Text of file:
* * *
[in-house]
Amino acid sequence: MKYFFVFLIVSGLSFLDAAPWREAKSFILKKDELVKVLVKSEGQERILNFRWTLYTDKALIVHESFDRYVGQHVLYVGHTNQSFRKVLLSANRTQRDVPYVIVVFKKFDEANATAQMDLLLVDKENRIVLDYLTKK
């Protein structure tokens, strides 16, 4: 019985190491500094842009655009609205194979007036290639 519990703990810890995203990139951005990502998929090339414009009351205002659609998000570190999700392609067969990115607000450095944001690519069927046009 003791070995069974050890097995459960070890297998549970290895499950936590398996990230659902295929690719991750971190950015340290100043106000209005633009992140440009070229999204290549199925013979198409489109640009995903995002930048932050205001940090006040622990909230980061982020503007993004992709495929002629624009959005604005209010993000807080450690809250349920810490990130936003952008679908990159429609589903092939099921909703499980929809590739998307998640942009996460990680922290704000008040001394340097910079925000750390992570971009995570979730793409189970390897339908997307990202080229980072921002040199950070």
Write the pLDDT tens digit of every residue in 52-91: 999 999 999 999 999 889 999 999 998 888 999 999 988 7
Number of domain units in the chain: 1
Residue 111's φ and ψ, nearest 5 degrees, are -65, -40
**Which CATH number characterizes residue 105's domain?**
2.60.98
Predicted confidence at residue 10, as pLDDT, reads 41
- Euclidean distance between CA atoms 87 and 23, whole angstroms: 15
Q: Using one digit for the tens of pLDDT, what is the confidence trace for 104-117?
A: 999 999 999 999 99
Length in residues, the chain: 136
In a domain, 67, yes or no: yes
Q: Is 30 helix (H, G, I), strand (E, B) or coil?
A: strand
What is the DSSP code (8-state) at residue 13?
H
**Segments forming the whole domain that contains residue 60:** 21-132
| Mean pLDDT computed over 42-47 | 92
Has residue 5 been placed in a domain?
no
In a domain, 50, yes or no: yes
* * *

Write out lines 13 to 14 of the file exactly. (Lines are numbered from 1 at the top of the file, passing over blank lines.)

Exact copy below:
Length in residues, the chain: 136
In a domain, 67, yes or no: yes